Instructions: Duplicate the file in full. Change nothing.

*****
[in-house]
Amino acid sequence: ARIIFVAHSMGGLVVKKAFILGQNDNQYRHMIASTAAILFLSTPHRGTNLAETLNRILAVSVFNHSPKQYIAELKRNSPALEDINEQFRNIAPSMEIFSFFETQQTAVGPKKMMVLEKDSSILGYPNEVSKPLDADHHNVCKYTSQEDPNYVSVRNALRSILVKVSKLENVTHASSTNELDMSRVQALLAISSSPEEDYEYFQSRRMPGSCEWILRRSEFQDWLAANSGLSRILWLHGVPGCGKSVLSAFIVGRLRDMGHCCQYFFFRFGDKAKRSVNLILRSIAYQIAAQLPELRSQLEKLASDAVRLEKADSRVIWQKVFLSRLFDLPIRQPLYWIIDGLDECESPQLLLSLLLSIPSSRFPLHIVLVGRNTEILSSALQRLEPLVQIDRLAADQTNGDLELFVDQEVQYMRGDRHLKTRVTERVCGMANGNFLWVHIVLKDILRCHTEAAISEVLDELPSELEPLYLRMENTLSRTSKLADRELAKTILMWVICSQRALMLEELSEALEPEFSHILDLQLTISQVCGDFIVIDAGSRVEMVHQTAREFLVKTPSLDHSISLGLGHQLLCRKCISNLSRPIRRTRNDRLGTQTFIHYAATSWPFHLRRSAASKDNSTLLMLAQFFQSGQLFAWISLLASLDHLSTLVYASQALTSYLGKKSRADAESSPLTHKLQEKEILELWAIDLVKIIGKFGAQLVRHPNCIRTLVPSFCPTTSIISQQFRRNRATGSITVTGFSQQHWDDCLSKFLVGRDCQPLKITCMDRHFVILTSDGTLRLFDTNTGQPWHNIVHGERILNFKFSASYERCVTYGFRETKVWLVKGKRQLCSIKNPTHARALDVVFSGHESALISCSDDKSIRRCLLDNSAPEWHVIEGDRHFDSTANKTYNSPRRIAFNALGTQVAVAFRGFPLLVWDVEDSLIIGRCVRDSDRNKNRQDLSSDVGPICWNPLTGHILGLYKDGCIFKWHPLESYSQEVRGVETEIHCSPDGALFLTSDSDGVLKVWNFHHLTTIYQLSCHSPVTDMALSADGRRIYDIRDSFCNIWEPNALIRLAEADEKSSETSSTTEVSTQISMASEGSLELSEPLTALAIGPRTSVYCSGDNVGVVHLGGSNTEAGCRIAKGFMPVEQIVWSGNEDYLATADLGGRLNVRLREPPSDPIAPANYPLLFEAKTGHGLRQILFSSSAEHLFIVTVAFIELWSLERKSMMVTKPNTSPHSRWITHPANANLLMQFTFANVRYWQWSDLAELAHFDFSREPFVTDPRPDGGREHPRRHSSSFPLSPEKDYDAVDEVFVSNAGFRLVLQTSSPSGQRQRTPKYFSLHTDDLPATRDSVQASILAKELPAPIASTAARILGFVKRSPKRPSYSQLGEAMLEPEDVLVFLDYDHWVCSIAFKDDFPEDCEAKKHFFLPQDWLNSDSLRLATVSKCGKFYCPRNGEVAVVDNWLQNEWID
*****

[in-house]
Amino acid sequence: ARIIFVAHSMGGLVVKKAFILGQNDNQYRHMIASTAAILFLSTPHRGTNLAETLNRILAVSVFNHSPKQYIAELKRNSPALEDINEQFRNIAPSMEIFSFFETQQTAVGPKKMMVLEKDSSILGYPNEVSKPLDADHHNVCKYTSQEDPNYVSVRNALRSILVKVSKLENVTHASSTNELDMSRVQALLAISSSPEEDYEYFQSRRMPGSCEWILRRSEFQDWLAANSGLSRILWLHGVPGCGKSVLSAFIVGRLRDMGHCCQYFFFRFGDKAKRSVNLILRSIAYQIAAQLPELRSQLEKLASDAVRLEKADSRVIWQKVFLSRLFDLPIRQPLYWIIDGLDECESPQLLLSLLLSIPSSRFPLHIVLVGRNTEILSSALQRLEPLVQIDRLAADQTNGDLELFVDQEVQYMRGDRHLKTRVTERVCGMANGNFLWVHIVLKDILRCHTEAAISEVLDELPSELEPLYLRMENTLSRTSKLADRELAKTILMWVICSQRALMLEELSEALEPEFSHILDLQLTISQVCGDFIVIDAGSRVEMVHQTAREFLVKTPSLDHSISLGLGHQLLCRKCISNLSRPIRRTRNDRLGTQTFIHYAATSWPFHLRRSAASKDNSTLLMLAQFFQSGQLFAWISLLASLDHLSTLVYASQALTSYLGKKSRADAESSPLTHKLQEKEILELWAIDLVKIIGKFGAQLVRHPNCIRTLVPSFCPTTSIISQQFRRNRATGSITVTGFSQQHWDDCLSKFLVGRDCQPLKITCMDRHFVILTSDGTLRLFDTNTGQPWHNIVHGERILNFKFSASYERCVTYGFRETKVWLVKGKRQLCSIKNPTHARALDVVFSGHESALISCSDDKSIRRCLLDNSAPEWHVIEGDRHFDSTANKTYNSPRRIAFNALGTQVAVAFRGFPLLVWDVEDSLIIGRCVRDSDRNKNRQDLSSDVGPICWNPLTGHILGLYKDGCIFKWHPLESYSQEVRGVETEIHCSPDGALFLTSDSDGVLKVWNFHHLTTIYQLSCHSPVTDMALSADGRRIYDIRDSFCNIWEPNALIRLAEADEKSSETSSTTEVSTQISMASEGSLELSEPLTALAIGPRTSVYCSGDNVGVVHLGGSNTEAGCRIAKGFMPVEQIVWSGNEDYLATADLGGRLNVRLREPPSDPIAPANYPLLFEAKTGHGLRQILFSSSAEHLFIVTVAFIELWSLERKSMMVTKPNTSPHSRWITHPANANLLMQFTFANVRYWQWSDLAELAHFDFSREPFVTDPRPDGGREHPRRHSSSFPLSPEKDYDAVDEVFVSNAGFRLVLQTSSPSGQRQRTPKYFSLHTDDLPATRDSVQASILAKELPAPIASTAARILGFVKRSPKRPSYSQLGEAMLEPEDVLVFLDYDHWVCSIAFKDDFPEDCEAKKHFFLPQDWLNSDSLRLATVSKCGKFYCPRNGEVAVVDNWLQNEWID